In electronic Resonant Raman Scattering (RRS) the sample is resonantly excited at a core threshold and a photon is emitted bringing the sample to the final state. This process sets a characteristic time scale connected to the intermediate state core-hole lifetime. If there is an evolution of the system during this time scale the effect is seen in the spectral function [1]. Consequently, this approach to study fast processes is called a core-hole clock experiment. The present work is, to our knowledge, the first implementation of the core-hole clock in the study of magnetism. This is done in the ferromagnetic metals (Fe-Co-Ni) using the scattering channel 2p63dn + hin 2p53dn+1 2p63dn+13s1 + hout, where n is the 3d occupation number in the ground state and hin and hout are the incident and outgoing photon energies (in this case hout is about 100 eV lower than hin). We use the so-called Integrated Resonant Raman Scattering (IRRS) [2] where one measures as a function of hin the integral of the scattered intensity in the scattering channel. The measurements were taken at ID08 with a special instrument built for this purpose. The geometry is shown in the upper panel of Figure 113.

Fig. 113: Upper panel: the experimental geometry. Central panels: comparison for Co metal between the absorption XMCD (at the left) and the IRRS (at the right with the IRRS spectrum in black and dichroism in green). Lower panel: IRRS data for Ni metal.

The magnetic circular dichroism (MCD) spectrum is the difference between spectra measured with left and right circularly polarised X-rays. The IRRS spectra show an effect that is absent in ferromagnetic insulators. A magnetic circular dichroism is seen in IRRS spectra also in those regions between L3 and L2 and above L2 where the absorption XMCD gives no signal (see the central panels for Co in Figure 113 where the red areas show this effect for the IRRS dichroism given in green). This effect is due to the spin dependent screening occurring in the intermediate state [3] so that the core-hole becomes polarised. In order for this to take place, this process requires a non-zero magnetic moment of the system. In the fully relaxed theoretical model of Ref. [3] the dichroism (more exactly the flipping ratio) depends on the local magnetic moment of the excited site once the core-hole is fully screened. The crucial experimental information given here is the trend of this dichroism (flipping ratio) along the sequence Fe-Co-Ni and in particular the observation, shown in the bottom panel of Figure 113, that Ni-metal clearly displays this effect. This is important since in a fully relaxed situation we should not have an effect because a full screening of the core-hole in Ni gives a 3d10 configuration with zero magnetic moment. Thus over the characteristic time scale of the scattering (typically 1-2 femtoseconds) Ni has no time to develop a spin dependent screening of the Fermi gas. More can be seen from Figure 114 where the histograms give the magnetic moments of the relaxed and unrelaxed sites [3] compared to the flipping ratio of the IRRS-MCD given by red circles. The data are normalised to the case of Fe where a relaxed model accounts for the effect as seen in Auger spectroscopy [3].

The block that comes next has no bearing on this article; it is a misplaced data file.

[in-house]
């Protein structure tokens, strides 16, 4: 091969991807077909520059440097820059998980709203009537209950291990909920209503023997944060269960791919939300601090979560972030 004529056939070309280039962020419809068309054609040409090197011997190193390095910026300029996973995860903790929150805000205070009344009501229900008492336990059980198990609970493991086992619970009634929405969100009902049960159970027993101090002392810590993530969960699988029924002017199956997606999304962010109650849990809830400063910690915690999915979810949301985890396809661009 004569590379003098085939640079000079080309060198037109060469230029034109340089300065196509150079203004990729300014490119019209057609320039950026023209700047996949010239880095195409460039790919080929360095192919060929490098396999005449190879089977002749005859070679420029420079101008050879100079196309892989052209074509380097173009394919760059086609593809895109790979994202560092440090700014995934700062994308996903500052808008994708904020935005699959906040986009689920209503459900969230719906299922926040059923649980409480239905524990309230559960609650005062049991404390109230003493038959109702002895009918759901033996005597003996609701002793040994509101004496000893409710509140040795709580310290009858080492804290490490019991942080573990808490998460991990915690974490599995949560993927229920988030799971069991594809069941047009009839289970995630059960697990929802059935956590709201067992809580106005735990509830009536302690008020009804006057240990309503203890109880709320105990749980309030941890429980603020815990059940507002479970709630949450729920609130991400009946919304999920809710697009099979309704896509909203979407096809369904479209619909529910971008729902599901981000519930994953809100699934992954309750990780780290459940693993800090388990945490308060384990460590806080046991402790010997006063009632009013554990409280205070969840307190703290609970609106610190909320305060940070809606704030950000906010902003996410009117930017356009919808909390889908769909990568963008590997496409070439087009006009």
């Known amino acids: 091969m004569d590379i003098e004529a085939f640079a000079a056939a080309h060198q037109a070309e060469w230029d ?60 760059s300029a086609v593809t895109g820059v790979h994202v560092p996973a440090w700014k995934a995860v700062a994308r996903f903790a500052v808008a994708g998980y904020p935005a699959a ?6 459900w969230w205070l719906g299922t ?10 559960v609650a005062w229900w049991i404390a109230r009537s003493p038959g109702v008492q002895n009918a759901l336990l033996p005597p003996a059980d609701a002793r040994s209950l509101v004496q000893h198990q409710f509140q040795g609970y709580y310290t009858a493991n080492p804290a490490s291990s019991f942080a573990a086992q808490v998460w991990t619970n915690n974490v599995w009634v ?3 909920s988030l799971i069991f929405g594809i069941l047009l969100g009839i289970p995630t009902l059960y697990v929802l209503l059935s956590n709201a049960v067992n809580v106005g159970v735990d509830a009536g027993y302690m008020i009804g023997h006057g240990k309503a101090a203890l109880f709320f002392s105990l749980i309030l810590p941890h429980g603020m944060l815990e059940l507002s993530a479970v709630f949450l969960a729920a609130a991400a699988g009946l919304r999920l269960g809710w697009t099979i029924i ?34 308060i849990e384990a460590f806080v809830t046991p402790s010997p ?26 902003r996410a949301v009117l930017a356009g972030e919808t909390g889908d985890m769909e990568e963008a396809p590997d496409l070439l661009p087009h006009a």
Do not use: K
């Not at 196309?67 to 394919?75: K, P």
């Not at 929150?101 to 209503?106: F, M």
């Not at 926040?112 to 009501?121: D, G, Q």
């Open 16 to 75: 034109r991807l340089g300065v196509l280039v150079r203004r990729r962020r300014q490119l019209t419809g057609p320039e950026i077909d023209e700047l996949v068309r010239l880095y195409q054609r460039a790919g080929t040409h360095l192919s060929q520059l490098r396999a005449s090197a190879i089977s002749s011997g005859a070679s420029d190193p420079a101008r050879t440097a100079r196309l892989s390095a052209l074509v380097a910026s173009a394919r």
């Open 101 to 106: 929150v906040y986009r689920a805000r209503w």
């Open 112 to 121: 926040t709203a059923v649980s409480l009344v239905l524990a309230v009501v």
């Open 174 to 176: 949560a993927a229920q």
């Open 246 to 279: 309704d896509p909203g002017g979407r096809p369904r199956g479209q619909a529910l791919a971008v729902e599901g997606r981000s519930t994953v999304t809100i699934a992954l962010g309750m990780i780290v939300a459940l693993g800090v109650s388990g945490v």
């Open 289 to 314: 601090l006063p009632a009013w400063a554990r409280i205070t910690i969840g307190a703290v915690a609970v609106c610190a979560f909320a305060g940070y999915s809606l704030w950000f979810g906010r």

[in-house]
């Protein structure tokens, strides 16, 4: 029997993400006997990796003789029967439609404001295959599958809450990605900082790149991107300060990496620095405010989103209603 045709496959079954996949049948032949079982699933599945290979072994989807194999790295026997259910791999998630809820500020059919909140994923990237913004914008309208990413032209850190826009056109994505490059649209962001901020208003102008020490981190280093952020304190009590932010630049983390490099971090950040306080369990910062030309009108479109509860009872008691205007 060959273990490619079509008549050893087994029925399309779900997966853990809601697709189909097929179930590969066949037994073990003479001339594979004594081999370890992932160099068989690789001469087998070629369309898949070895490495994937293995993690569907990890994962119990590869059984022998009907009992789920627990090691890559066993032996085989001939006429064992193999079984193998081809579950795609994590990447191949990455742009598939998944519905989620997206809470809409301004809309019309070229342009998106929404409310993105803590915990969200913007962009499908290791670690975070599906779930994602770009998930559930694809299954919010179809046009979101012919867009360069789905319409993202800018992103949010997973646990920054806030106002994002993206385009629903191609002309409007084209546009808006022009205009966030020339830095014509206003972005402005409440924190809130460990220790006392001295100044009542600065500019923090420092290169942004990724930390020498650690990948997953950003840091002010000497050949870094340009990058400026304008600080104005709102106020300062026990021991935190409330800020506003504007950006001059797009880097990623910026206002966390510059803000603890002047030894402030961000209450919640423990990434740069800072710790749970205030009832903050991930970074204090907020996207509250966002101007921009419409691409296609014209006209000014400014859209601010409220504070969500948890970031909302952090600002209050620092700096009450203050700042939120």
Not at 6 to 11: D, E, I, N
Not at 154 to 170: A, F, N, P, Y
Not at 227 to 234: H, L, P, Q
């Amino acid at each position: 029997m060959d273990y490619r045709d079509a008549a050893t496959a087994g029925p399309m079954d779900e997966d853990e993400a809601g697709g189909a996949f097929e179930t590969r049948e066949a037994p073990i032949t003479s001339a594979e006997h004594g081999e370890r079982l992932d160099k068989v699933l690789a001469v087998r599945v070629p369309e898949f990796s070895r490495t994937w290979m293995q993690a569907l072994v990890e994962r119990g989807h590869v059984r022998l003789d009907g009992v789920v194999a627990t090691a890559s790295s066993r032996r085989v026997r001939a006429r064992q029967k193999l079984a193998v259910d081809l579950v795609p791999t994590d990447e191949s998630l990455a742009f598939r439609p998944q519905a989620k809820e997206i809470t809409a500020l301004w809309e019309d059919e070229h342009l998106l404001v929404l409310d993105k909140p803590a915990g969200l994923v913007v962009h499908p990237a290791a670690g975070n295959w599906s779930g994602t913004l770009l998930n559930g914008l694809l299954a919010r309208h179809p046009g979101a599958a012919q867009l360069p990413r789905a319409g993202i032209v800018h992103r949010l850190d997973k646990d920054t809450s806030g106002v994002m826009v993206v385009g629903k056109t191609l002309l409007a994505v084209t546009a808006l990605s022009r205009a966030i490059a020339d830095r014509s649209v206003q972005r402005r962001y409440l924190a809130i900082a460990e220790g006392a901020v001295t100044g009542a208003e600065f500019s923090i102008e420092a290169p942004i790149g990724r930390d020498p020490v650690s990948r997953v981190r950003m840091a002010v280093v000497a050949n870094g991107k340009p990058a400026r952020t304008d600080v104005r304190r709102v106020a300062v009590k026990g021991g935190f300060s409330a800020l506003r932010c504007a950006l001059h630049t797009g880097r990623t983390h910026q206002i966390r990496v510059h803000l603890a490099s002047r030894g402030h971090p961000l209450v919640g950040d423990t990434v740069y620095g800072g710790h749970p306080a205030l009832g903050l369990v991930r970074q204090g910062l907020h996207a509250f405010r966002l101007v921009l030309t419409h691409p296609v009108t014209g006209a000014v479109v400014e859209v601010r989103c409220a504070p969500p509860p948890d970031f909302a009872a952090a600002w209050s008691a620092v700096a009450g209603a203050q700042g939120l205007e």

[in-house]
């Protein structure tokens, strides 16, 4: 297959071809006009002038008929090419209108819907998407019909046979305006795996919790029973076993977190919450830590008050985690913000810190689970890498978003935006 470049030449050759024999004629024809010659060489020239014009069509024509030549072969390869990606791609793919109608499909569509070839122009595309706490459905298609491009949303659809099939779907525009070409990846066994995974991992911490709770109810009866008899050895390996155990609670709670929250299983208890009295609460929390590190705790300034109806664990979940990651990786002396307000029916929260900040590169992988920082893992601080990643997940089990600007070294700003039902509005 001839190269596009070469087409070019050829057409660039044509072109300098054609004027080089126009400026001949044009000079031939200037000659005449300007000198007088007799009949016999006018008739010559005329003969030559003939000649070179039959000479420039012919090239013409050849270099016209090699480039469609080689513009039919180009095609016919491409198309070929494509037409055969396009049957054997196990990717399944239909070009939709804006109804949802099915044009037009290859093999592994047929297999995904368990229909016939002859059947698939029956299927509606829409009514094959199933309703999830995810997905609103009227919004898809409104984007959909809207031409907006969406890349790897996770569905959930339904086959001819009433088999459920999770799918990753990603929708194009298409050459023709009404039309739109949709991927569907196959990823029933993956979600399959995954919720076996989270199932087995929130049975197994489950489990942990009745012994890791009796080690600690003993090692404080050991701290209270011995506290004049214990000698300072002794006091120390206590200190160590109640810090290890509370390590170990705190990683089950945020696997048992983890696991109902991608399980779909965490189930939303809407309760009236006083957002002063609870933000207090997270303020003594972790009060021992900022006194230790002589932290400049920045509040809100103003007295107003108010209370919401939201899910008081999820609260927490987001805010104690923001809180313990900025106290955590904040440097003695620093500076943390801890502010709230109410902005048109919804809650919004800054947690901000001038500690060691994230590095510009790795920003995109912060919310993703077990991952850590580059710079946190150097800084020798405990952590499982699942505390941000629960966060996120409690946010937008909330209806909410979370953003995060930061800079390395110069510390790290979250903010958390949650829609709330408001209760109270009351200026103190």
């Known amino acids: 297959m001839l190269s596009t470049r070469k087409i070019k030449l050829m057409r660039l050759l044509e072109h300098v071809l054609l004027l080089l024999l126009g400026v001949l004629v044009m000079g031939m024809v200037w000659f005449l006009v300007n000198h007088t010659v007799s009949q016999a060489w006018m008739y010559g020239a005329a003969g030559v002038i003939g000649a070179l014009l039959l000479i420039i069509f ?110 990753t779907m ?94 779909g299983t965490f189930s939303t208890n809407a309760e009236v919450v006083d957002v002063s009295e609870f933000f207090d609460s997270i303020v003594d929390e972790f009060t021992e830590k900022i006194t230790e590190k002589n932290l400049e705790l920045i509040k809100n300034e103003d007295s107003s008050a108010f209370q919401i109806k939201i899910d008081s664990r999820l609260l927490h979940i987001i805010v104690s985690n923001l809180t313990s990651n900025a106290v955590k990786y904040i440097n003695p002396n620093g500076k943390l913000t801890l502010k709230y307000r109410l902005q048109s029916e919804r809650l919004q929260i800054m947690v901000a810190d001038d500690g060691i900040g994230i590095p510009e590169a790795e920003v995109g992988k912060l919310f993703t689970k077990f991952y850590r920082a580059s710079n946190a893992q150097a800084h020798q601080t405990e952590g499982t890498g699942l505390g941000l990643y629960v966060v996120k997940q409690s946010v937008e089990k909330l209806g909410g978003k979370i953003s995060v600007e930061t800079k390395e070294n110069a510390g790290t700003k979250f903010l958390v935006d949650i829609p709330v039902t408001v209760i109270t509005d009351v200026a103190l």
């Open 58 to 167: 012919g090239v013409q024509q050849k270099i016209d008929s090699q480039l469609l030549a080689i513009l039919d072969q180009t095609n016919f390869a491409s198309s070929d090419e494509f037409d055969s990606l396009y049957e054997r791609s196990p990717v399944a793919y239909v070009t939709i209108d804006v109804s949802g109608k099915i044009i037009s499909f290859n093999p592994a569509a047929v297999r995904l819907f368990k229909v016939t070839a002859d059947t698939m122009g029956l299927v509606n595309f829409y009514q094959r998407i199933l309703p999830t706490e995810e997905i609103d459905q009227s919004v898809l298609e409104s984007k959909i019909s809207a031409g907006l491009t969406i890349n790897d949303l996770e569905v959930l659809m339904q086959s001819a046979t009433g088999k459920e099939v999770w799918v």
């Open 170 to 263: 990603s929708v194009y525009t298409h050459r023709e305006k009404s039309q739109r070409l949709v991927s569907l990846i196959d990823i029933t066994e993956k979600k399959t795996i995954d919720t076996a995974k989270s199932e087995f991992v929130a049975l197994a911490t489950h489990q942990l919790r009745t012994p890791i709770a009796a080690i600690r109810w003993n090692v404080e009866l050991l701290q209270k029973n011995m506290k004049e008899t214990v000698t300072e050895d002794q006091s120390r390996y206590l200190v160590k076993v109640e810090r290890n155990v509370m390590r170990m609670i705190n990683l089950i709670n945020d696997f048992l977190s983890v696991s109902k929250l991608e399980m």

Fig. 114: Comparison between the measured IRRS dichroism (flipping ratio) in the region A (red in Figure 113) and the local magnetic moments with relaxed and unrelaxed 2p hole. The data are normalised to the Fe case.

The trend shows that Co is somewhere between the fully screened and unscreened situation whereas Ni is basically unrelaxed. Thus Ni is much slower in building up the screening and we attribute this behaviour to the narrow band nature of the Ni 3d holes while the Fe and Co are definitely much more itinerant. In this sense there is a connection between the correlation properties and the magnetic dynamics over short time scales. In conclusion the use of the core-hole clock in soft X-ray resonant scattering reveals a substantially slower dynamics in Ni compared to Fe and Co metal.



[1] P.A. Brühwiler, O. Karis and N. Mårtensson, Rev. Mod. Phys. 74, 703-740 (2002) and references quoted therein.
[2] L. Braicovich et al., Phys. Rev. Lett. 90, 117401 (2003).
[3] A. Chassé et al., Phys. Rev B 68, 214402 (2003) and references quoted therein.

Principal publication and Authors

L. Braicovich (a), G. Ghiringhelli (a), A. Tagliaferri (a), G. van der Laan (b), E. Annese (c) and N.B. Brookes (d), Phys. Rev. Lett. 95, 267402 (2005).
(a) INFM-CNR, Dipartimento di Fisica, Politecnico di Milano (Italy)
(b) Magnetic Spectroscopy, Daresbury Laboratory, Warrington (UK)
(c) Dip. Fisica, Università di Modena e Reggio Emilia (Italy)
(d) ESRF